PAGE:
IRVINE, Calif. (KABC) -- Republican congresswoman Mimi Walters chatted with volunteers at her Irvine headquarters last week. Less than two weeks from the election, Walters is in a very tight race against Democrat Katie Porter.
"Nancy Pelosi is desperate to get that gavel back and be speaker again and she knows the only way she can do it is through Orange County, so I'm not surprised she's investing as much as she is," said Walters.
Porter, a UC-Irvine law professor who is backed by Sens. Elizabeth Warren and Kamala Harris, has worked extensively in consumer protection.
In a New York Times Upshot Siena College poll from late September, Porter leads Walters 48 percent to 43 percent with 8 percent undecided. Porter says a vote for Walters is a vote for President Donald Trump's agenda.
"She had Trump's values long before Trump became president," Porter said. "People can look at her values and her record in the state Senate and Assembly, where she did things like call gay marriage a travesty of family values. Where she voted against common-sense gun reforms like background checks. She's just continued her extreme conservative voting record voting with Donald Trump 99 percent of the time even when it hurts Orange County."
Walters says she opposes Trump's tariffs and his plans to raise the federal gasoline tax. But the congresswoman thinks she'll get re-elected based on the legislation Republicans have passed in Trump's first two years.
"My constituents are very happy with what's been happening in the economy. We have rolled back Obama-era regulations. We've given a tax cut to the people. People have more money in their paychecks," said Walters.
Porter argues the success of the stock market hasn't found its way into communities like Mission Viejo and Tustin.
"When we let people know that Mimi Walters has turned her back on California families, voting to raise their taxes, take away healthcare for those with preexisting conditions, we win," said Porter.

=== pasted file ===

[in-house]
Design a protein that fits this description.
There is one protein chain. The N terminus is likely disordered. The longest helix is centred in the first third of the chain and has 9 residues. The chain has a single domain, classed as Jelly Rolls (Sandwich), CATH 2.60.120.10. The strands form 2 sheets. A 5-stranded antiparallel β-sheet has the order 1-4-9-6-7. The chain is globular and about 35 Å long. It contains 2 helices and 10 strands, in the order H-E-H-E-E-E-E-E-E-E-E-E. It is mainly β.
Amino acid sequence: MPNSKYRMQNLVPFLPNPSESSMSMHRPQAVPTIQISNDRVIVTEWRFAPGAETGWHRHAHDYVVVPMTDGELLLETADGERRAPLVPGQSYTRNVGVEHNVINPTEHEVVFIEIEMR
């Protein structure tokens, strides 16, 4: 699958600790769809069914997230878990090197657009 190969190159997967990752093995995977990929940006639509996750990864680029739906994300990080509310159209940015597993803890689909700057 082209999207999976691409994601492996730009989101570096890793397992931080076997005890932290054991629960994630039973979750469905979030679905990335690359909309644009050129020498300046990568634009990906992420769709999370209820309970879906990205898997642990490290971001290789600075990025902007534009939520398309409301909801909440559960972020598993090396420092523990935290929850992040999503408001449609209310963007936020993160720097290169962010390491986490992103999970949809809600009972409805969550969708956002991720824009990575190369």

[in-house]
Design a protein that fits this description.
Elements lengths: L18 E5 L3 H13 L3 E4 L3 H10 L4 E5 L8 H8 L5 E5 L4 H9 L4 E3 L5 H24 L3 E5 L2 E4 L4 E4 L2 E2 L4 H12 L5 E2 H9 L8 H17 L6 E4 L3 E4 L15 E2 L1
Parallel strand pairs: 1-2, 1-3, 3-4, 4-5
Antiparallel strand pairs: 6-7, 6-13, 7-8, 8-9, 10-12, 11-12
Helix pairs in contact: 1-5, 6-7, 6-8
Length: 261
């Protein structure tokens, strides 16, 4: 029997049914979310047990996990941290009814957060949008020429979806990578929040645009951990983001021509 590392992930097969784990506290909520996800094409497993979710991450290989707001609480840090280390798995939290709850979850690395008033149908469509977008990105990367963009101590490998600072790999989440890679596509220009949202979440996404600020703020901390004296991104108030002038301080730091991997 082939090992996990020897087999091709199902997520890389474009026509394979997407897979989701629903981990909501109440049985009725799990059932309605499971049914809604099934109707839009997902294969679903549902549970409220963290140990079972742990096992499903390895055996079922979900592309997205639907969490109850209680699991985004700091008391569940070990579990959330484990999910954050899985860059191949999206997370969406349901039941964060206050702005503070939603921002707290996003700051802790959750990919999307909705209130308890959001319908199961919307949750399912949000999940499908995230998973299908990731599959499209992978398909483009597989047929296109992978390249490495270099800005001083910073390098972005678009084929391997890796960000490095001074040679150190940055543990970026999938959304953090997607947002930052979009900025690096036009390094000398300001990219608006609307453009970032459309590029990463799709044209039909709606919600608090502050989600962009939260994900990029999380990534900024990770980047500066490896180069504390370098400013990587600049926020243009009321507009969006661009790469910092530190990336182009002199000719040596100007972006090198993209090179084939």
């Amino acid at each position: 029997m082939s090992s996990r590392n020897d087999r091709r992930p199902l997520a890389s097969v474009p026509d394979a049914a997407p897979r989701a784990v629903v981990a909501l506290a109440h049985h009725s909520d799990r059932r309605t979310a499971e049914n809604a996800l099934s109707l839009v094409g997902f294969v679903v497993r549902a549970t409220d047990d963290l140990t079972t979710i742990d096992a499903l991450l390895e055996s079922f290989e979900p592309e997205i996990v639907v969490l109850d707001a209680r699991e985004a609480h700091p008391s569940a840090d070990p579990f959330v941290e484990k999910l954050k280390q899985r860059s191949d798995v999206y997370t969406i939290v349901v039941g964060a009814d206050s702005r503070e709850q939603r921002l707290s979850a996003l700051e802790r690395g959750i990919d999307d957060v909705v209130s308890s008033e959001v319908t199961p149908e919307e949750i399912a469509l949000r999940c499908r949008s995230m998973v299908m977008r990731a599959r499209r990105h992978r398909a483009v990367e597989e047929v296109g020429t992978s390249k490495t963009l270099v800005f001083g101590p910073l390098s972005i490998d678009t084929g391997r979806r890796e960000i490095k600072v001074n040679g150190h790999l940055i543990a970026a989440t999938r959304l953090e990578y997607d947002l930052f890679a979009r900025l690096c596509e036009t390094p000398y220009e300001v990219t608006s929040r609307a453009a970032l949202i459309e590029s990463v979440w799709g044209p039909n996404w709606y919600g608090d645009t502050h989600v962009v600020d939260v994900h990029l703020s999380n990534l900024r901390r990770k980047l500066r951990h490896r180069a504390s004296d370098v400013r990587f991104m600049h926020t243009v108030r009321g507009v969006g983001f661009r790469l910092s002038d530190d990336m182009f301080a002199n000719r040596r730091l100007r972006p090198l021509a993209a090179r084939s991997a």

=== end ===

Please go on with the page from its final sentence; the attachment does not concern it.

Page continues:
Similar to other parts of Orange County, the changing demographics in the 45th, with more young and diverse voters, favors Democrats. In the district, 37 percent of registered voters are Republican, 30 percent are Democrat and another 28 percent have no party preference. A big issue in the race is the proposition to repeal the gas tax, which Walters says her opponent was against during the primary, but now supports.
"The only reason why she's for the repeal of the gas tax now is because she knows how high it polls and that this district wants to repeal the gasoline tax. The problem with my liberal opponent is that she doesn't have a record to stand on. She can say whatever she wants to say to whatever group she's talking to," said Walters.
But Porter says her position hasn't changed. She doesn't want to see Orange County families pay higher taxes.
"I think this is the wrong time to pass a gas tax. I think we need infrastructure and it's good for Orange County's continued economic growth, but I think a gas tax is the wrong way to do it," said Porter.